April 3, 2005

perennial champion Bob Dylan

If, like me, you're surrounded by hipsters in hooded sweatshirts, their even more hipster siblings, and college public radio,1 you might have heard someone say Conor Oberst of Bright Eyes is the new Bob Dylan. Of course! He's a folksinger-songwriter boy with a scratchy voice, floppy hair, and a brooding expression. He's even a good poet. But it's a really basic misunderstanding of why Bob Dylan matters.

Bob Dylan was a fucking prophet. He was a poet, yes, and a musician, and his music amplifies his words in a way few people can duplicate. That's why, despite how unbeautiful his voice is, his versions of his songs will always tell you something new about them. But he was important because he was a prophet. Prophets don't know the future, but they see the present more clearly than most, and they give us their fury, their vision, they tell us our own stories and make us cry. They see our sins and tell us about them, and woe betide those who refuse to listen. Every time I hear The Times They Are A-Changin' (song or album) I think about what it must have been like to hear it for the first time in 1964 and know that it was about you. Especially to be young, and to hear the voice of this new world you were going to inherit singing about the massive disruption that was creating it. To hear the voice of the prophet.

There are still musicians who do that, but they aren't Conor Oberst. They're not Bob Dylan either, for that matter. I'd nominate, with the approval of my friend the Red-Headed Stranger, Ani diFranco. Like Dylan, she's important. People care about what she says, even if a lot of them do it in this sort of annoying teen-age feminist way.2 People imitate her music, but more important, they listen to her. They hear something about themselves and the world in her music. The fury and vision of prophecy.

I was talking about this at one of my temp assignments this winter, and one of the other temps suggested Ice T, saying that his moral stature and his position as a role model make him the Bob Dylan of our generation. I have no idea. I am white as they come, and don't know enough about Ice T (musically or otherwise) to say anything about it. I listen to the occasional bit of hip hop radio, though, mostly because my students like it, and it's the only mainstream radio I've heard that might, maybe, possibly, have some prophetic leanings once in a while. Most of it is crap, a lot of it is just sexually explicit for its own sake, but Kanye West has given me goosebumps once in a while. I had one of my Outward Bound groups perform All Falls Down (their choice of song) once, and it was the first time I'd ever really heard the lyrics. One of the kids said, "Kanye West speaks the truth." That's the feeling Bob Dylan and Ani diFranco give you at their best. It's not on the radio very often, so not that many people hear it. But you're not a prophet unless you can get some attention, unless you become culturally resonant.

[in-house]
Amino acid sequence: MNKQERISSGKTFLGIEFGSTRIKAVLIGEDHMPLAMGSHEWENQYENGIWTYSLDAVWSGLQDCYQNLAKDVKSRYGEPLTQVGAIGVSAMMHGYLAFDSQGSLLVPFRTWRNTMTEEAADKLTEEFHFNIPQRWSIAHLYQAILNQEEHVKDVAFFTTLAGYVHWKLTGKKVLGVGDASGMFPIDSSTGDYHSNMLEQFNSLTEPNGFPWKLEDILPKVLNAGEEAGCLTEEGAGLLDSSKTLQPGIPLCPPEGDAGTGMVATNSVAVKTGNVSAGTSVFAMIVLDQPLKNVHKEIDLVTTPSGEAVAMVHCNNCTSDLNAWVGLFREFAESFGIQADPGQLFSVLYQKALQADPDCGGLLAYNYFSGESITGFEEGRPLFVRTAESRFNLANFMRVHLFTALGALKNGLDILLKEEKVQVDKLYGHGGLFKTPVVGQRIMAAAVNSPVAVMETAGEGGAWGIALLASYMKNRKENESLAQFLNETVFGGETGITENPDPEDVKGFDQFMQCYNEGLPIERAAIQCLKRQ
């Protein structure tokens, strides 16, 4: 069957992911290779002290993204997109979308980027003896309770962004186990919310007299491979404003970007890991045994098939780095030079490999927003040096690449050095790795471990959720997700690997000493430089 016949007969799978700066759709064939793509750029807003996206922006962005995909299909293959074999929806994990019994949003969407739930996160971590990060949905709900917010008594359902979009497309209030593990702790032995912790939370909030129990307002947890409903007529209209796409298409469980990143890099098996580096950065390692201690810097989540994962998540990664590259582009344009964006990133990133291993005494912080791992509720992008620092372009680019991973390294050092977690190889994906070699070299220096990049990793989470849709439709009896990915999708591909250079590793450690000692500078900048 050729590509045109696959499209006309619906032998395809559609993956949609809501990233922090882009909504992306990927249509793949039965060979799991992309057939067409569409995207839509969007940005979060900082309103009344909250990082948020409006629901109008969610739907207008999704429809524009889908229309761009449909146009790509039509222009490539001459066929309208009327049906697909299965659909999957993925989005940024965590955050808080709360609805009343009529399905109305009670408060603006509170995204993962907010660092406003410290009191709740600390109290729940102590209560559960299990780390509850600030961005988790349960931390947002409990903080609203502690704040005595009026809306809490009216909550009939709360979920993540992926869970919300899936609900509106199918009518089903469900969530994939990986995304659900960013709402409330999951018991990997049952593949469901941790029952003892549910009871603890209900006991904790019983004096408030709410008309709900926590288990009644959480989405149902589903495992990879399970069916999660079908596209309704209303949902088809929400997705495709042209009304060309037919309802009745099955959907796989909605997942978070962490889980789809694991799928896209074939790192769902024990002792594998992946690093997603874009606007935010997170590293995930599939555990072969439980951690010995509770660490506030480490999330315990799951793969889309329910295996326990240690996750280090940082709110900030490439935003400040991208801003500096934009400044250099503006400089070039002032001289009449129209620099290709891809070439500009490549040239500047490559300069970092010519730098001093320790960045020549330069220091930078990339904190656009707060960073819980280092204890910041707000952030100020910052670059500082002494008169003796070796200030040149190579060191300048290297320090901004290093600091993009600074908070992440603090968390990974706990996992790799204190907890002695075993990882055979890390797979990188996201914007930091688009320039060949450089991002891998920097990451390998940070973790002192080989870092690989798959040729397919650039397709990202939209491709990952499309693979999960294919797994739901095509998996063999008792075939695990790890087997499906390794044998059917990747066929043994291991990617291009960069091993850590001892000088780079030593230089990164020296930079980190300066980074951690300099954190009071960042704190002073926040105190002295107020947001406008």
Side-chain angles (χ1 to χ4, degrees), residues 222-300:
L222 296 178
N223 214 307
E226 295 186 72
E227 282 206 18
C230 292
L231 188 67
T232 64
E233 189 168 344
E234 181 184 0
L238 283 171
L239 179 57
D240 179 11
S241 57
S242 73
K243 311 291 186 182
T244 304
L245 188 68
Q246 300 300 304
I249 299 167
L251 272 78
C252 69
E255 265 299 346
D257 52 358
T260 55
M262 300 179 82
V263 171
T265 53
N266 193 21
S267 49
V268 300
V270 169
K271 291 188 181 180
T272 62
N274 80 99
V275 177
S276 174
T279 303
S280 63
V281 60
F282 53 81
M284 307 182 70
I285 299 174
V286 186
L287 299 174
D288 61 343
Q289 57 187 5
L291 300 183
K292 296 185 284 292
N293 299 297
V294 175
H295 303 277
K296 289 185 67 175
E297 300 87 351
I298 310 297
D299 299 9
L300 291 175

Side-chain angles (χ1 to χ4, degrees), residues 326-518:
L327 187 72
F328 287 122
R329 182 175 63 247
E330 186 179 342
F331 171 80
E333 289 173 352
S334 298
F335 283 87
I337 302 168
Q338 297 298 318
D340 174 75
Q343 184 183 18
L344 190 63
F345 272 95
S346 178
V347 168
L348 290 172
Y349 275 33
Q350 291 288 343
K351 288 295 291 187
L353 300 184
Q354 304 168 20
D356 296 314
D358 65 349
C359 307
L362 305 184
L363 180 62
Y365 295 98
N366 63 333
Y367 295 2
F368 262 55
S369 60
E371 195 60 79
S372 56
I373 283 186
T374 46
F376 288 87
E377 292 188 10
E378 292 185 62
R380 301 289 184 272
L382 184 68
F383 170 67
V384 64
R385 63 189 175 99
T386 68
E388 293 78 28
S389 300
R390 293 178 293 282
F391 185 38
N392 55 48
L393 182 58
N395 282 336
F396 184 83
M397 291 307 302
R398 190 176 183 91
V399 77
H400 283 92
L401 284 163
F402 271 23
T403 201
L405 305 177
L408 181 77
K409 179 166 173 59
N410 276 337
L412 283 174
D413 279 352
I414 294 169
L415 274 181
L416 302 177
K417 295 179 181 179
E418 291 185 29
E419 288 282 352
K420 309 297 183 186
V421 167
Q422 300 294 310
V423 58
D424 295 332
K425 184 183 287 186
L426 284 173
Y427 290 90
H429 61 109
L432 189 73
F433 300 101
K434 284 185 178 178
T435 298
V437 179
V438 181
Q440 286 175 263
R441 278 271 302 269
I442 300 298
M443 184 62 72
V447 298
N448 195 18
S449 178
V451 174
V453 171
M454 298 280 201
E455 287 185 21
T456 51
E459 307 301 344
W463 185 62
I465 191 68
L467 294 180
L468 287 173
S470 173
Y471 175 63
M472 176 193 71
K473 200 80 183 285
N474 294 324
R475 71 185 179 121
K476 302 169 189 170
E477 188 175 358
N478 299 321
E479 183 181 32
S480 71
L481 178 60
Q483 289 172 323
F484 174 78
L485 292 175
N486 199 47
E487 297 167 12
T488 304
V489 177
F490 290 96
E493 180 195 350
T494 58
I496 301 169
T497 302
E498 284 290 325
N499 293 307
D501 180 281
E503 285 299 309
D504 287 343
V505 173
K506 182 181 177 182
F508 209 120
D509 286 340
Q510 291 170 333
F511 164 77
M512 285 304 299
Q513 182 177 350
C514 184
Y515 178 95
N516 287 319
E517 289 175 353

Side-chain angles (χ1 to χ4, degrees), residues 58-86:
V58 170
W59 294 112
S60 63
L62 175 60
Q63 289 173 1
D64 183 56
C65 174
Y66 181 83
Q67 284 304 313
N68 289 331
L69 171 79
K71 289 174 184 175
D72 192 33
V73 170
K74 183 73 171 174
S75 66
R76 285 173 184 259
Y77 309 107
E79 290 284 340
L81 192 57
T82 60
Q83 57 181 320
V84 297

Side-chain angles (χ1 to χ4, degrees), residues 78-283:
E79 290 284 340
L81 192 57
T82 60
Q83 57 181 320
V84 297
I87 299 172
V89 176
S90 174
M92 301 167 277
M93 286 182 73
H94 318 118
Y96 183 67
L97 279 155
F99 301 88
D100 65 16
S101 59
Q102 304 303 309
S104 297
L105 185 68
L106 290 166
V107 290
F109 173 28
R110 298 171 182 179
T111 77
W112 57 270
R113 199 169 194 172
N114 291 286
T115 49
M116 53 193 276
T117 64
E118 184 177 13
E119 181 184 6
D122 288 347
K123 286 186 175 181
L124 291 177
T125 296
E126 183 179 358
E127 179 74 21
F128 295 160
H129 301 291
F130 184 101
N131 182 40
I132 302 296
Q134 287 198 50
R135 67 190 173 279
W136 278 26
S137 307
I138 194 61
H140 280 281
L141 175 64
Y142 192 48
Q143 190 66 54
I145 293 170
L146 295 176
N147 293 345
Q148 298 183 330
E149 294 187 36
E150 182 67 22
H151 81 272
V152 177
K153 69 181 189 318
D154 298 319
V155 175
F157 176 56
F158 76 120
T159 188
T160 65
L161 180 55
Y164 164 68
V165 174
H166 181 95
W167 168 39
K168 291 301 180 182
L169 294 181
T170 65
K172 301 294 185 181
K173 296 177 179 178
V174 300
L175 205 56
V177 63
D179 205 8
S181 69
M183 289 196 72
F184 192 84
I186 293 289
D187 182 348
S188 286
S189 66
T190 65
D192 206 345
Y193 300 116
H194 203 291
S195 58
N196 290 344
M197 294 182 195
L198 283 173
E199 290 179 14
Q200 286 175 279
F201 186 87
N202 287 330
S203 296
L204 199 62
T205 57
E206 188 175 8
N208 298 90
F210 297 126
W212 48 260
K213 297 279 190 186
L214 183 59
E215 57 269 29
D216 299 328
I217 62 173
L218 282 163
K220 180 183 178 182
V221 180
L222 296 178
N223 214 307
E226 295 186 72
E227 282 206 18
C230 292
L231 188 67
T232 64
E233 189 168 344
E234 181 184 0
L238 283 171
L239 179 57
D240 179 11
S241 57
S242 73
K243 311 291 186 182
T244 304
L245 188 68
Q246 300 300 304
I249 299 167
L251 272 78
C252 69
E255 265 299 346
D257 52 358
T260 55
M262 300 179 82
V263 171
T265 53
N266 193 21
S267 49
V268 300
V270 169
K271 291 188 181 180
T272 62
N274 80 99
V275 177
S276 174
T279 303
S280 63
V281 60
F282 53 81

Anyway, I think these are all better proposals than the people David Dye named when he was doing a "new Bob Dylan" top five at 5 on XPN.3 They were all just young guitar guys with scratchy voices.4 No prophecy at all.

1. Affectionately. I say this affectionately. And while wearing a hooded sweatshirt.
2. Let me point out that I get to call them annoying because I was a teen-age feminist Ani fan. Boys, don't try this at home.
3. The top five at 5 is a daily themed list. Like, songs about New Jersey. Or songs about rain. Or songs by people who might be the new Bob Dylan.
4. Conor Oberst, David Grey, Ryan Adams, Bruce Springsteen, and someone else. Bruce Springsteen is the only one I might consider.


Anonymous said...

I am a spineless anonymous poster, and some sort of hipster. It'd be hard to find a hipster prophet simply because most hipsters are spinning their wheels trying to find some authenticity. A few years ago Ben Folds might have been a prophet. Before he was rockin' the suburbs, he was low on the underground scene, high on individuals, and self depricating to boot. These days in this country, prophets might not tell you how to lead your life or what to think. They're better off telling you who's remarkable and how they're fed up with themselves and hoping you'll relate. What keeps Ben Folds and Ani from being Dylanesque is that far too many people haven't heard their records.

hipster monk said...

interestingly, i saw a crazy production of Oedipus this weekend in which tiresias was interpreted as a righteously hostile black man who mumbled "goddamn motherfucker" at oedipus as he walked offstage. did you mean ice t? the other night you said public enemy.

discussion point: cultural blindness/inarticulation and the cannibalism of the mainstream media. or maybe a better metaphor is inbreeding.

North said...

aha! I need to write something about hipsters and authenticity.

I'm not sure Dylan was on the radio, but he was in fact popular.

also: I do think the fact that so many radio stations are owned by the same soulless corporation makes it harder for anything with genuine prophecy or feeling to get on the radio, because there's so much genuine prophecy and feeling that's specifically hostile to those corporations.

I wonder if the reason hip hop radio can get away with a bit of it is that the mostly white people running those places don't take it seriously enough to be worried. I haven't thought about it enough to make it a theory, but what do you two think?

North said...

also, I did mean Ice T. I think we went on to talk about Public Enemy later in that conversation, but he started off saying Ice T.

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